The event, organised on 15 June in Warsaw by UNTANGLED partner the Institute for Structural Research (IBS), consisted of four sessions devoted to: the impact of technology on skills; worker flows; skills; and inequality. During the breaks, participants engaged in a discussion with the authors of four posters: Honorata Bogusz (UW), Agnieszka Kasperska (UW), Zuzanna Kowalik, and Karol Madoń (IBS).
The day focused on technological progress and skills and started with a presentation by Terry Gregory(LISER), on “Task Shifts in the Fourth Industrial Revolution – Firm-Level Evidence” (paper with Melanie Arntz, Sabrina Genz, Florian Lehmer, and Ulrich Zierahn-Weilage). The authors show that the decline of routine tasks in Germany is not linked to technology adoption within firms. Instead, de-routinisation can be explained by the scale and composition effects of firms adopting cutting-edge technologies, such as artificial intelligence. Myrielle Gonschor (RWI) presented a paper written with Ronald Bachmann titled “Technological Progress, Occupational Structure, and Gender Gaps in the German Labour Market”. She showed that in recent decades, women have increasingly entered non-routine cognitive and interactive occupations at the higher end of the wage distribution. However, while the gender gap has narrowed at the median and lower percentiles of the wage distribution, it did not in the best-paying occupations. Anna Matysiak (Labfam, UW) also presented a paper focused on gender, “Digitalisation, Changing Demand for Skills and the Gender Inequality in Earnings”, written with Wojciech Hardy and Lucas van der Velde. The authors find that in European countries, women are overrepresented in occupations that require social outward tasks, but they benefit from a wage premium in occupations that involve social inward tasks. Femke Cnossen (University of Groningen) presented her paper “Learning the Right Skill: Vocational Curricula and Returns to Skill”, co-written with Matloob Piracha and Guy Tchuente. She assessed to what extent basic and cross-functional skills are incorporated in Dutch vocational curricula and whether these skills can account for the wage differences among graduates. The paper shows that social and resource management skills are positively associated with earnings, especially in environments that require coordination, such as management-oriented occupations, large firms, and high-skilled service sectors. Meanwhile, basic content and technical skills are relatively more important in low-skill services.
Several speakers discussed the impacts of the COVID-19 pandemic. Duncan Roth (IAB) presented the paper “The Pandemic Push: Digital Technologies and Workforce Adjustments”, co-authored with Christina Gathmann, Christian Kagerl, and Laura Pohlan. He argued that the pandemic triggered the diffusion of digital technologies in Germany. About two in every three firms invested in digital technologies to improve decentralised communication, management and coordination, as well as training. These investments shielded workers against the impact of the pandemic, as investing firms relied less on short-term work, and laid off fewer marginal workers. Male, younger and medium-skilled workers benefitted the most from the insurance effect of digital investments. Sarra Ben Yahmed (ZEW) talked about how the pandemic influenced occupational mobility in Germany (paper with Melanie Arntz, Eduard Brüll, and Michael Stops). The initial findings indicated that workers shifted towards occupations of lower working quality, i.e.,, to less satisfying, more stressful, and more physically demanding jobs with longer working hours.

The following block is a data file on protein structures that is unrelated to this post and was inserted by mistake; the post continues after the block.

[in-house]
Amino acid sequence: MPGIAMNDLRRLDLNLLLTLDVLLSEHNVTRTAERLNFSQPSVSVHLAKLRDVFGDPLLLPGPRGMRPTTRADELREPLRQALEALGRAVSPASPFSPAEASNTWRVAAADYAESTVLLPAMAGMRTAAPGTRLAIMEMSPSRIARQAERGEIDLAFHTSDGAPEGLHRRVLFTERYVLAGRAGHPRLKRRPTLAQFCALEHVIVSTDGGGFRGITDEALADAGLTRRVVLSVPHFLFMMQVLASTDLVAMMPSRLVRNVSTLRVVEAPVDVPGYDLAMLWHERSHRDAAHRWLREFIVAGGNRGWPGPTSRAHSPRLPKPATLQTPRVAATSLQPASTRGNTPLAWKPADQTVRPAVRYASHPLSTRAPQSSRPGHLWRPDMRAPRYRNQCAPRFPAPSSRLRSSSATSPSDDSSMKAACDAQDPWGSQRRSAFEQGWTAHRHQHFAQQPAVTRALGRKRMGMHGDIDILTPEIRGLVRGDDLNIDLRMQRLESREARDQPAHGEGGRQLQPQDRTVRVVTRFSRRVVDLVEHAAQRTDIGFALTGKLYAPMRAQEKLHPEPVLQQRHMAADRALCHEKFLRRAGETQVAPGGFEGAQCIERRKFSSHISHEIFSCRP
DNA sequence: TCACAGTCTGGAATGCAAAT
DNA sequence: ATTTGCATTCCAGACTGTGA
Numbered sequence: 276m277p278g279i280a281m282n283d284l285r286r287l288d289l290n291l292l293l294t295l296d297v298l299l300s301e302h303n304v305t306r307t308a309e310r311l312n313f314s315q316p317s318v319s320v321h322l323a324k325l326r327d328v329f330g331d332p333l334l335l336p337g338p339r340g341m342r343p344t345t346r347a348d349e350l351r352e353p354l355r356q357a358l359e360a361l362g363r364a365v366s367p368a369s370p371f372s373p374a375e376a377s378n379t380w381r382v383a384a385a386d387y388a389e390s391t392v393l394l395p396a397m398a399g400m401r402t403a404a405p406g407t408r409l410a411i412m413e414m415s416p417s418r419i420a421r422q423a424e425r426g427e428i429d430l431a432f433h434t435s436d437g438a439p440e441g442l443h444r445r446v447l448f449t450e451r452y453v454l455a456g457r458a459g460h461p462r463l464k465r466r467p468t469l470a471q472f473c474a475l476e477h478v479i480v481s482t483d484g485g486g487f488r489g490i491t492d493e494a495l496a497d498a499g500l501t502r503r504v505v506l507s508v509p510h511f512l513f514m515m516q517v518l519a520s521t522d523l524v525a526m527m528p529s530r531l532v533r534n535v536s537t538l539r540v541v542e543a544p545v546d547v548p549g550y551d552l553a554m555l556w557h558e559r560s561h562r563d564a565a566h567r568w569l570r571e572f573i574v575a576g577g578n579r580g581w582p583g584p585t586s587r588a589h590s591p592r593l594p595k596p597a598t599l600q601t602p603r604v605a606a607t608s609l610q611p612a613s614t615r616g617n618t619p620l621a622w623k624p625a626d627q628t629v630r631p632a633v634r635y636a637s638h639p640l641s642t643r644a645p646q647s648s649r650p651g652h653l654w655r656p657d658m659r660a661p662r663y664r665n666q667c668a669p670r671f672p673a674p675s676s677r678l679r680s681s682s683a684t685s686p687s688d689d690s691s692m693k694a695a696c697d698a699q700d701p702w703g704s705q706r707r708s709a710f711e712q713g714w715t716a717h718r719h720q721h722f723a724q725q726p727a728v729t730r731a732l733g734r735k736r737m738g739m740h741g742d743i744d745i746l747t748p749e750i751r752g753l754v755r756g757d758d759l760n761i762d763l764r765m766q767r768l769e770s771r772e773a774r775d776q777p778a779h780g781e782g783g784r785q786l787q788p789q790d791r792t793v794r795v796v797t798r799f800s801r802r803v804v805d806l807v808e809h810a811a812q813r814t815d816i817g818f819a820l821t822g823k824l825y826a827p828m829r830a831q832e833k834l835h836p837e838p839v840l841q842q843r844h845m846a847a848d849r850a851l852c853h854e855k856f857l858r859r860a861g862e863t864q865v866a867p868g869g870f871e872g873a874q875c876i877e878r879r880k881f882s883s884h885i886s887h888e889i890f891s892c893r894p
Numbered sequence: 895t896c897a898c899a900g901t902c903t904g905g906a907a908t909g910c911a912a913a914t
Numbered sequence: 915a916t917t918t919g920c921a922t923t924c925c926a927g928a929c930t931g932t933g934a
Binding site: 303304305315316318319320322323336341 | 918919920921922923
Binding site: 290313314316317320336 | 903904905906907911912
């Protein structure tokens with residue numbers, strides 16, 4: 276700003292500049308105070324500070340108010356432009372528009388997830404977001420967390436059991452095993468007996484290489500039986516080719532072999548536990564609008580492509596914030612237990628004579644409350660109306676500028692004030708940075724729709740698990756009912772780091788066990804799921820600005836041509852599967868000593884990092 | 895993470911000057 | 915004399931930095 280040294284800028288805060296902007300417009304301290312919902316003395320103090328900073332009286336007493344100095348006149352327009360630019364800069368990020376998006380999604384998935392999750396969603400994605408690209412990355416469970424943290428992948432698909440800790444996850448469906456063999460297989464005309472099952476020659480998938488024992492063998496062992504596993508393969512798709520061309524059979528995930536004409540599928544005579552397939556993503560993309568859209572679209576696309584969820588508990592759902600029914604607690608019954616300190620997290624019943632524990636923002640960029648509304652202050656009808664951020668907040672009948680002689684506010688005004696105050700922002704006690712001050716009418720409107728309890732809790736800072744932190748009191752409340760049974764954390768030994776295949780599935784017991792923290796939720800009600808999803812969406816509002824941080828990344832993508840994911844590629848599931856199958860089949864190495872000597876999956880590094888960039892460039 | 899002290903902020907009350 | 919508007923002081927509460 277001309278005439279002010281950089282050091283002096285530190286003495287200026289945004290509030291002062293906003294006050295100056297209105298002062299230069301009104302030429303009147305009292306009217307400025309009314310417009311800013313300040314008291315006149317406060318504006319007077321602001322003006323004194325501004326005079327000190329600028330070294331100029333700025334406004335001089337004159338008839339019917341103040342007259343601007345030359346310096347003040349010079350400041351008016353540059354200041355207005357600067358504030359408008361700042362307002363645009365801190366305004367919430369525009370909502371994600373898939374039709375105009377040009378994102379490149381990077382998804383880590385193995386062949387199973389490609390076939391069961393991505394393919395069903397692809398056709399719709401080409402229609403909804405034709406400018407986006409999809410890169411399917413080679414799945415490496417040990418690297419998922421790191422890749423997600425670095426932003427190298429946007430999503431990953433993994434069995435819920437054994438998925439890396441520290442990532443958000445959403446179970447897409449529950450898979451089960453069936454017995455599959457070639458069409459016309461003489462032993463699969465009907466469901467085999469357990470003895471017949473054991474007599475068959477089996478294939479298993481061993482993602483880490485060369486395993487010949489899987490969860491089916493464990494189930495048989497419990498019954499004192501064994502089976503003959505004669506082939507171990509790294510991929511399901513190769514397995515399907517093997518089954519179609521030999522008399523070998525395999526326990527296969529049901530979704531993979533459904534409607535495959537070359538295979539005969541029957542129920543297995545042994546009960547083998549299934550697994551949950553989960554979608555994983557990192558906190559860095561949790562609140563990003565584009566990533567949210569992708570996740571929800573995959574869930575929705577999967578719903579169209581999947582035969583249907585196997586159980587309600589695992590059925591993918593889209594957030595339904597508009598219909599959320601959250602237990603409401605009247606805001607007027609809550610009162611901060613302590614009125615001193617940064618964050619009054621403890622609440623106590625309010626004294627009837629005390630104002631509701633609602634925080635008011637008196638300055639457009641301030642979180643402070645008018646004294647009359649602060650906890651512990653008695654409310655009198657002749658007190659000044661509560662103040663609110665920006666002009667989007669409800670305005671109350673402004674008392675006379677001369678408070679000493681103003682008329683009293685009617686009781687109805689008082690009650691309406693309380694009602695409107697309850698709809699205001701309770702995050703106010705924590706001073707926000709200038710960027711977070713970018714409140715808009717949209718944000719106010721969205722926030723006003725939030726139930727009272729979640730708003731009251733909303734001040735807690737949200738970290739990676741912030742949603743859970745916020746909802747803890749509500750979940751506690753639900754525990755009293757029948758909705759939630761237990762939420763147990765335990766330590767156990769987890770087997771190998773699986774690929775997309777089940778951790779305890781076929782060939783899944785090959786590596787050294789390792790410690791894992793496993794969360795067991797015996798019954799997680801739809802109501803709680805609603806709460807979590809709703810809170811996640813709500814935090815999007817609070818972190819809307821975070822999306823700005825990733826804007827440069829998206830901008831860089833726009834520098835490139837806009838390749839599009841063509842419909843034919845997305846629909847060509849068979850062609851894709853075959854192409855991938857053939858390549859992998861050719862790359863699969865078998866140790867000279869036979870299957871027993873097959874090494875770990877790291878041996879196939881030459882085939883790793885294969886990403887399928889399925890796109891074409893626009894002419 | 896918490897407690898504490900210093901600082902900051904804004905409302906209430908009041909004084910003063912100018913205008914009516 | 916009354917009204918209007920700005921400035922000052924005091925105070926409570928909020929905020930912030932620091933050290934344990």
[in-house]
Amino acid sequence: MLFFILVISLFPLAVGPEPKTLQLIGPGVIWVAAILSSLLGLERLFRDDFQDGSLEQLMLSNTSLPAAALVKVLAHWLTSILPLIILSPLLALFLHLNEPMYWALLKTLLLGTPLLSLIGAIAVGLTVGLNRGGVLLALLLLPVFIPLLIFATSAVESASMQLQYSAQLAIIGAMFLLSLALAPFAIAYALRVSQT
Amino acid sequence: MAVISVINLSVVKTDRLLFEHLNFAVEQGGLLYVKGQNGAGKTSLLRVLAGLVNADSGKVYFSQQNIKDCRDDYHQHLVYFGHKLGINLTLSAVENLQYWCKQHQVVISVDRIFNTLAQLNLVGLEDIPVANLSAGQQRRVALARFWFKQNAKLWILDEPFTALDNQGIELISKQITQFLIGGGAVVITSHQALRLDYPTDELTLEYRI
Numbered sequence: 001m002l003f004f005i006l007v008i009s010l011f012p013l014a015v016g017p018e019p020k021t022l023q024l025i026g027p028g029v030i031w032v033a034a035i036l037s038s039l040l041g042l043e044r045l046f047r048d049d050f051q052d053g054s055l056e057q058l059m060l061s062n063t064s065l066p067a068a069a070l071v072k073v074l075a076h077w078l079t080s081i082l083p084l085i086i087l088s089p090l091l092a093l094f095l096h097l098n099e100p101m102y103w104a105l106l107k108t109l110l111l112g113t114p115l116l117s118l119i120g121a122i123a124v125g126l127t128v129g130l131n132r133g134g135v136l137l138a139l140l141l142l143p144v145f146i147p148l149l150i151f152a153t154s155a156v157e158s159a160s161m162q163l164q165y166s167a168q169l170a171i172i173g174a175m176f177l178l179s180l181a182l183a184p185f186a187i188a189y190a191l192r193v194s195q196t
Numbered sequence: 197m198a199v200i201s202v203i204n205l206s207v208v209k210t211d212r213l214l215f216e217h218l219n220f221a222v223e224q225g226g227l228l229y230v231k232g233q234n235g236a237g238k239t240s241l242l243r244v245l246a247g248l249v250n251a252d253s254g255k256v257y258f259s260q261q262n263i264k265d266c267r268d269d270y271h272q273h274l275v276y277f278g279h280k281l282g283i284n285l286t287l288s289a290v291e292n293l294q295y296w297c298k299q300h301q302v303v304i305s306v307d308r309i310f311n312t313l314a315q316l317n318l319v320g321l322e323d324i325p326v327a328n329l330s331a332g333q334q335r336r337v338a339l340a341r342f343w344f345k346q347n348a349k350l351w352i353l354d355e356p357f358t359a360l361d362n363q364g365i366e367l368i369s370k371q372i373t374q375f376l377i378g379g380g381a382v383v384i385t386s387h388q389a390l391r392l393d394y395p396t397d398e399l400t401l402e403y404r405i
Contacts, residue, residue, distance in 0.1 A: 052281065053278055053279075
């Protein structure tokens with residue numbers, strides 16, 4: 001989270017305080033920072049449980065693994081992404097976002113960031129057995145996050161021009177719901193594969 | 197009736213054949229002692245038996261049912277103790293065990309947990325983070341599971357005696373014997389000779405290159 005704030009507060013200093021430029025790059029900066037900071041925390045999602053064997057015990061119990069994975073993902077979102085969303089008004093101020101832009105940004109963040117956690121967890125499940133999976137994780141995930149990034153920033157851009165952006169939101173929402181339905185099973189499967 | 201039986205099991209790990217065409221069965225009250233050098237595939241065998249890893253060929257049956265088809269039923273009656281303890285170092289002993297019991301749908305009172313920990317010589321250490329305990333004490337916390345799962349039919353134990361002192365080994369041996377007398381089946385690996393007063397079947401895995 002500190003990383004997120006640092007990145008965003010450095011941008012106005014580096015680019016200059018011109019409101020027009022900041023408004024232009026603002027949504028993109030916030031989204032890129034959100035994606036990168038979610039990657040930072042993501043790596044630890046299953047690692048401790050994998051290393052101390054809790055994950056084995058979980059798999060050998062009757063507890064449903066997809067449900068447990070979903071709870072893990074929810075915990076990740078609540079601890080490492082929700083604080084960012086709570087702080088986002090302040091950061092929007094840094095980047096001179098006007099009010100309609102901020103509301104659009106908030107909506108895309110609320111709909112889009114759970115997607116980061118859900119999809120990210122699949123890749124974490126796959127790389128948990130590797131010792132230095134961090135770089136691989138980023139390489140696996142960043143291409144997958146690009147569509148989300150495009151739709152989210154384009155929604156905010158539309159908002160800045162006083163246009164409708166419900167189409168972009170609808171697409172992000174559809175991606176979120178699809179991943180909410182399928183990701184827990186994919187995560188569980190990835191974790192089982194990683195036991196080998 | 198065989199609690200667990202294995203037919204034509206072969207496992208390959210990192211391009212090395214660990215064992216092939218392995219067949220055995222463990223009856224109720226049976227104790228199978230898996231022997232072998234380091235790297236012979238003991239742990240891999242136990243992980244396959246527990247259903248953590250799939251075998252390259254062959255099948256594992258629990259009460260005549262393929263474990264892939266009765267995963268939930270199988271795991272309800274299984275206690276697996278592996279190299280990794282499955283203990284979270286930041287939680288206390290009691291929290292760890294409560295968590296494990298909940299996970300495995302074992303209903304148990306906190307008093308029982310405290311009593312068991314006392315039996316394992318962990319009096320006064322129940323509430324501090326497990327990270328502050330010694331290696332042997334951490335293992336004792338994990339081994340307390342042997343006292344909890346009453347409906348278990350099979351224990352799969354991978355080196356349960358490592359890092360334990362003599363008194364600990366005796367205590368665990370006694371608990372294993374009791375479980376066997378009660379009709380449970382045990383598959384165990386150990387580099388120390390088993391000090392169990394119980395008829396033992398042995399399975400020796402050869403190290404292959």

Two papers focused on worker flows in the context of decarbonisation. Florian Lehmer (IAB) spoke on “Worker Flows in the Low Carbon Transition” (study with Ronald Bachmann, Markus Janser, and Christina Vonnahme). He showed that in Germany, the growth rate of green occupations surpasses that of brown occupations, and brown occupations experienced a decline during the Covid pandemic. However, direct transitions from brown to green occupations are relatively limited, and worker upskilling from brown jobs could pose a significant challenge. Ilse Tobback (HIVA) studied a similar topic in Belgium (paper with Mikkel Barslund). Their research shows that the share of employees in brown occupations is declining with some workers transferring to green occupations which offer earnings premiums.
Finally, two presentations discussed inequality. Cristiano Perugini (University of Perugia) presented a paper titled: “Which Employers Share Rents? A Firm-level Analysis for Japan” written with Kyoji Fukao, Kenta Ikeuchi, and Fabrizio Pompei. They demonstrated that rent-sharing in Japan is higher in companies with higher intensity of intangibles and digitalisation. However, it mainly benefits highly educated employees and hence contributes to wage polarisation. Piotr Lewandowski (IBS) talked about the impact of automation on household income inequality in Europe, a study conducted in the UNTANGLED project with Karina Doorley, Jan Gromadzki, Dora Tuda, and Philippe Van Kerm. They find that robotisation widens wage inequality, but has negligible impact on household disposable income inequality, as risk sharing in households and redistribution by tax-benefit systems cushion the negative effects of automation.
For an overview of the programme click here.